The age old question – Is it worth it? This question gets asked of all marketing program, each quarter, each year. All companies do it – an annual budget plan. Everyone wants to know which activities have earned a positive return on their investment (ROI). Of course they do – you don’t want to continue throwing money into something that isn’t delivering results.
Social media is one of the newer additions to the marketing arsenal. And as such, the jury is still out on the overal ROI of social media activities. However, in a recent study conducted by MarketingSherpa (May 2010) perceptions of social media are trending positively when it comes to budget allocation.
Almost half of the respondents (mostly mid-large sized companies) viewed social media as a promising tactic and are planning to moderately increase budget allocation – good news! A full 7% can measure a positive ROI resulting in a significant increase in spending – great news! So when all is said and done, less than 1/3 are still questioning the value of social media – even better news for those of you looking for budget.
Normally, when there is a new technology or new approach to marketing, it takes the the money folks a long time to warm to the idea of actually spending money on something they believe is “unproven”. However in these economic times, when a little money spent on social media can go a long way, it appears that those same money folks have finally come to grips with the fact that this stuff does work. Especially now that we have some measurable results to report.
Like other marketing activities, social media will only be effective and deliver the required results, when part of an overall strategy. As I have often written in this blog, all good marketing starts with understanding your objectives. What do you want to accomplish with social media? What role does it play in your marketing mix? How will you measure that success? If you don’t have a target to shoot for – how do you know if you’ve hit the bulls-eye.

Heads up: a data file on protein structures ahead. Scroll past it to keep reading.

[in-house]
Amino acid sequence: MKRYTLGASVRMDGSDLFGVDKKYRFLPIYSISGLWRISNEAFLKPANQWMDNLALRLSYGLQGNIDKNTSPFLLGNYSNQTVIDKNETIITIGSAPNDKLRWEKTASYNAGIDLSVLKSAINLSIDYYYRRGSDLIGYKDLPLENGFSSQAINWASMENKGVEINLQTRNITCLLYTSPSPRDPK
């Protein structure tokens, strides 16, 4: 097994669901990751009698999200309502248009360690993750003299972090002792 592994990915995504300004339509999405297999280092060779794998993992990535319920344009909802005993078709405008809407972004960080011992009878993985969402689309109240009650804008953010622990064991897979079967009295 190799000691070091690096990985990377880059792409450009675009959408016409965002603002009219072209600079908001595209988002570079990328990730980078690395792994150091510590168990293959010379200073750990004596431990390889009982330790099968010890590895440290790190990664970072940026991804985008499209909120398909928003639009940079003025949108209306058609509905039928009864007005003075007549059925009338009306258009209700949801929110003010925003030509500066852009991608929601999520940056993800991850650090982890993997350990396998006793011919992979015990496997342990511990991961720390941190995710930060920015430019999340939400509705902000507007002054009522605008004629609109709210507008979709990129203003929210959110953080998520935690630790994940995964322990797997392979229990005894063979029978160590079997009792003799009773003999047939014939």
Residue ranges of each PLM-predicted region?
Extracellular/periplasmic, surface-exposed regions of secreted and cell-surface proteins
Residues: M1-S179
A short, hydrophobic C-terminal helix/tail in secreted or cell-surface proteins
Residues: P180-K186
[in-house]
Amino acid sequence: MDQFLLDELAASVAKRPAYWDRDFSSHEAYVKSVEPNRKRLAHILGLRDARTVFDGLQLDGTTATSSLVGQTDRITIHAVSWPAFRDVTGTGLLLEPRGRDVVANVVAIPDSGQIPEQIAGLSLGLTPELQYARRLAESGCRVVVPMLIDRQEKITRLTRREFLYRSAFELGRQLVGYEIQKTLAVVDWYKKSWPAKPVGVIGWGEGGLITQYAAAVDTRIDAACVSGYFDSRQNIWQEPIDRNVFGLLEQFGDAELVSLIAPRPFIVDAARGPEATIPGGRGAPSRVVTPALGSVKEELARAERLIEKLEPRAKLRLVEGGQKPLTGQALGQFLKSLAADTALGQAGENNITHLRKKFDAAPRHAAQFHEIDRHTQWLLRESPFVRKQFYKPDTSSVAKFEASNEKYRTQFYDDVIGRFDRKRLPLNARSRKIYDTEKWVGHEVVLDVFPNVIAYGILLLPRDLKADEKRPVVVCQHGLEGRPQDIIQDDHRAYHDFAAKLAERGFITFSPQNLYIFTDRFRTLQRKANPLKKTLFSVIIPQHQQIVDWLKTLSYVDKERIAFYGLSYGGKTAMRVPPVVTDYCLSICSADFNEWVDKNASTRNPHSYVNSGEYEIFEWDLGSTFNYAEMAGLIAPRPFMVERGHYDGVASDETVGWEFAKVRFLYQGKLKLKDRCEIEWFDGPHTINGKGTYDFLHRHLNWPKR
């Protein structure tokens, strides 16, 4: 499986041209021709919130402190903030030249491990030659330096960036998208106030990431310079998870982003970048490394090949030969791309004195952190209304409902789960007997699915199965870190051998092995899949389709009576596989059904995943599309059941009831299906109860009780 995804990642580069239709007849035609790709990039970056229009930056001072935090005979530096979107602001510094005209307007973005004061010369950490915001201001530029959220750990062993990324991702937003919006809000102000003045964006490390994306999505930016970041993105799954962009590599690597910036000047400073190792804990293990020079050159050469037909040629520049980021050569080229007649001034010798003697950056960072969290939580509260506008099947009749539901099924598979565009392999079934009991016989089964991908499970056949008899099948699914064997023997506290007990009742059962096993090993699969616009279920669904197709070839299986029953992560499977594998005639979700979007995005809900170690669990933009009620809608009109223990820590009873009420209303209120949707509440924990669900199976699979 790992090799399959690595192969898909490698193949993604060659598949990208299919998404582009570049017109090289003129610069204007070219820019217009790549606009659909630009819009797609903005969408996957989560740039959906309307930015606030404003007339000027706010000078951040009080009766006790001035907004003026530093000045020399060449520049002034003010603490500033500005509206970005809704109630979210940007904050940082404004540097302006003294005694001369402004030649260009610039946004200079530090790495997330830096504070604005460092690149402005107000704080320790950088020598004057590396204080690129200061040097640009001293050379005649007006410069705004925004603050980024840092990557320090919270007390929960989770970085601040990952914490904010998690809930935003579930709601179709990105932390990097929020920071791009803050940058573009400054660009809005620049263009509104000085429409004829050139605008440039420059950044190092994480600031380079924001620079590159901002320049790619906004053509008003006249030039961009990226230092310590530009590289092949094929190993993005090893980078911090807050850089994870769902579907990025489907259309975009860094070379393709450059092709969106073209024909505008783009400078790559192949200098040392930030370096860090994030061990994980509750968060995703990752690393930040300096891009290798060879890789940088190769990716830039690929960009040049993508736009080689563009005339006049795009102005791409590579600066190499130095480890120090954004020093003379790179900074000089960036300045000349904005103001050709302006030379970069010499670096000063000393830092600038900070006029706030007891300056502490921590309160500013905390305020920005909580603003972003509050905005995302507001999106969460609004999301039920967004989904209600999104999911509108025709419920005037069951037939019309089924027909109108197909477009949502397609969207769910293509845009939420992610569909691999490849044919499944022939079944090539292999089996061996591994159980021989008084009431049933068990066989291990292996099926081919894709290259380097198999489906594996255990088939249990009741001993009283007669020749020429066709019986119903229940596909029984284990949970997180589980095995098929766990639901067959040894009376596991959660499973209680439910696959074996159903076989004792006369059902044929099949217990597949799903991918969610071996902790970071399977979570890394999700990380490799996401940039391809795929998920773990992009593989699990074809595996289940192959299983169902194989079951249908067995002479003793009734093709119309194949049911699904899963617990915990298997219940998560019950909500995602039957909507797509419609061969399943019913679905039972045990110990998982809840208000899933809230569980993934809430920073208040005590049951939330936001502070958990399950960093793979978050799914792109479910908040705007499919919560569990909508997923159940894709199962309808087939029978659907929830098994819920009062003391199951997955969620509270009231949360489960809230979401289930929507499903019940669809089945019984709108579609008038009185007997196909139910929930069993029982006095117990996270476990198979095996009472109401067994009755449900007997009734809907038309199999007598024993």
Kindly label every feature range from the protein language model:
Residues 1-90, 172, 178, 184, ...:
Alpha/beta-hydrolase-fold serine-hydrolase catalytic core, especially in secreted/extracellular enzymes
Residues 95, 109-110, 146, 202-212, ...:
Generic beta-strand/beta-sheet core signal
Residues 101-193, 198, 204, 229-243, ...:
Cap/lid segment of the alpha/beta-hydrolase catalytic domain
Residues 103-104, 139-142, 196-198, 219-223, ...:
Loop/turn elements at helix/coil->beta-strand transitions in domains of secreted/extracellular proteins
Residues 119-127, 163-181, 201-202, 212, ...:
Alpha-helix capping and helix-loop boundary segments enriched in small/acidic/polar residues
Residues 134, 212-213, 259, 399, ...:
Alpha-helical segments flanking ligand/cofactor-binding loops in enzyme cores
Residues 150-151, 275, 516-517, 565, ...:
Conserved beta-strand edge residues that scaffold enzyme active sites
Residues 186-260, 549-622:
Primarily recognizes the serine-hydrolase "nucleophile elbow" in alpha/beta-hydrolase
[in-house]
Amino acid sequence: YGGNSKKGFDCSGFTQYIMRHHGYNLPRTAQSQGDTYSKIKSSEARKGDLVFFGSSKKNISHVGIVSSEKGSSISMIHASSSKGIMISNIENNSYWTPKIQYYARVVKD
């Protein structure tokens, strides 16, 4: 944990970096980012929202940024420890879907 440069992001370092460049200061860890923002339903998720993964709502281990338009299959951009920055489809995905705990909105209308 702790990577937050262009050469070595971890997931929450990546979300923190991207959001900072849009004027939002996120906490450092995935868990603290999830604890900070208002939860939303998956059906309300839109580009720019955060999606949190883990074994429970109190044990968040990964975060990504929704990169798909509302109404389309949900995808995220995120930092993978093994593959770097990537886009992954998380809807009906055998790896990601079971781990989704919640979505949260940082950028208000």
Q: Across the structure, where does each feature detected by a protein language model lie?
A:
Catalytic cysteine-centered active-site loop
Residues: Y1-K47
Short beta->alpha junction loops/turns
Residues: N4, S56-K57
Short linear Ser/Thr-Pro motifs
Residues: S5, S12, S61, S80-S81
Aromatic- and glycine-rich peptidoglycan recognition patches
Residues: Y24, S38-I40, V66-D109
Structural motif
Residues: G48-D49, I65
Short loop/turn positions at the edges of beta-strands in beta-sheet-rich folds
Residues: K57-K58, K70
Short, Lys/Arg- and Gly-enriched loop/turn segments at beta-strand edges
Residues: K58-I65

The next, and probably most important thing to understand, when investing in social media is your audience. What type of social media do they use? Where to they hang out? Who do they read? Who do they go to for recommendations? Armed with this information you can develop an effective social media strategy and target the appropriate platforms. You don’t want to put all your focus on LinkedIn, if you audience is really into FaceBook.
Now you are set up for success. You know what you want to accomplish, who you are targeting and which platforms are a god strategic fit. Now it’s time to engage and get going. social media is, well, inherently social. A good presence is defined (according to me) as active, timely and authentic. I can see that real people are behind the presence of the company – there is a name to go with the brand. I see posts, updates and information on a regular basis and it is relevant to what is going on in the industry, my business, and the world. Plus, what is coming through has a voice, tone and intention that “feels” real (not like the PR agency is writing all the Tweets, or posting on the FanPage).
With you newly found social media busget, make sure to take sometime and think about what you want to accomplish, and how you’re going to measure it so that come next years busdget cycle you are armed with an ROI that will earn you a budget increase – probably the best news of all.